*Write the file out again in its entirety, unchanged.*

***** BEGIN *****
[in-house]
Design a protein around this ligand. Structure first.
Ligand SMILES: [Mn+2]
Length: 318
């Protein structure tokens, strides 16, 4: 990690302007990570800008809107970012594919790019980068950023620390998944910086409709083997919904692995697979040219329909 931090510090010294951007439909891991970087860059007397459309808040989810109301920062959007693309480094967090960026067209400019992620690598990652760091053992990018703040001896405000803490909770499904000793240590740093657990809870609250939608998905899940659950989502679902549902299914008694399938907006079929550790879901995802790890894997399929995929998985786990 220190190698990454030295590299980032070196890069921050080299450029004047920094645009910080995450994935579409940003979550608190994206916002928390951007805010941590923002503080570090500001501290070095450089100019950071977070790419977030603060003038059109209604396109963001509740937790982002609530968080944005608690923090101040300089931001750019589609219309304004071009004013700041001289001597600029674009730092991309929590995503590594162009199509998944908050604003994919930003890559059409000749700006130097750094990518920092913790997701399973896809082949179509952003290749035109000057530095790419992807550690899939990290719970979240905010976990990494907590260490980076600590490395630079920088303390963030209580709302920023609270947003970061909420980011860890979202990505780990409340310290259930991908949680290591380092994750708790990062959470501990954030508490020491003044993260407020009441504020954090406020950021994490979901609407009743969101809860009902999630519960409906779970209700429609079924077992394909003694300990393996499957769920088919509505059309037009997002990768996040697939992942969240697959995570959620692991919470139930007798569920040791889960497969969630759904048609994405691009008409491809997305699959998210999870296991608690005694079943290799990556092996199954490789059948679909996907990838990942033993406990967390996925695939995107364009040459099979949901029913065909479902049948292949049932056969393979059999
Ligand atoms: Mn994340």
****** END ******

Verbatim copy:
[in-house]
Design a protein around this ligand. Structure first.
Ligand SMILES: [Mn+2]
Length: 318
């Protein structure tokens, strides 16, 4: 990690302007990570800008809107970012594919790019980068950023620390998944910086409709083997919904692995697979040219329909 931090510090010294951007439909891991970087860059007397459309808040989810109301920062959007693309480094967090960026067209400019992620690598990652760091053992990018703040001896405000803490909770499904000793240590740093657990809870609250939608998905899940659950989502679902549902299914008694399938907006079929550790879901995802790890894997399929995929998985786990 220190190698990454030295590299980032070196890069921050080299450029004047920094645009910080995450994935579409940003979550608190994206916002928390951007805010941590923002503080570090500001501290070095450089100019950071977070790419977030603060003038059109209604396109963001509740937790982002609530968080944005608690923090101040300089931001750019589609219309304004071009004013700041001289001597600029674009730092991309929590995503590594162009199509998944908050604003994919930003890559059409000749700006130097750094990518920092913790997701399973896809082949179509952003290749035109000057530095790419992807550690899939990290719970979240905010976990990494907590260490980076600590490395630079920088303390963030209580709302920023609270947003970061909420980011860890979202990505780990409340310290259930991908949680290591380092994750708790990062959470501990954030508490020491003044993260407020009441504020954090406020950021994490979901609407009743969101809860009902999630519960409906779970209700429609079924077992394909003694300990393996499957769920088919509505059309037009997002990768996040697939992942969240697959995570959620692991919470139930007798569920040791889960497969969630759904048609994405691009008409491809997305699959998210999870296991608690005694079943290799990556092996199954490789059948679909996907990838990942033993406990967390996925695939995107364009040459099979949901029913065909479902049948292949049932056969393979059999
Ligand atoms: Mn994340």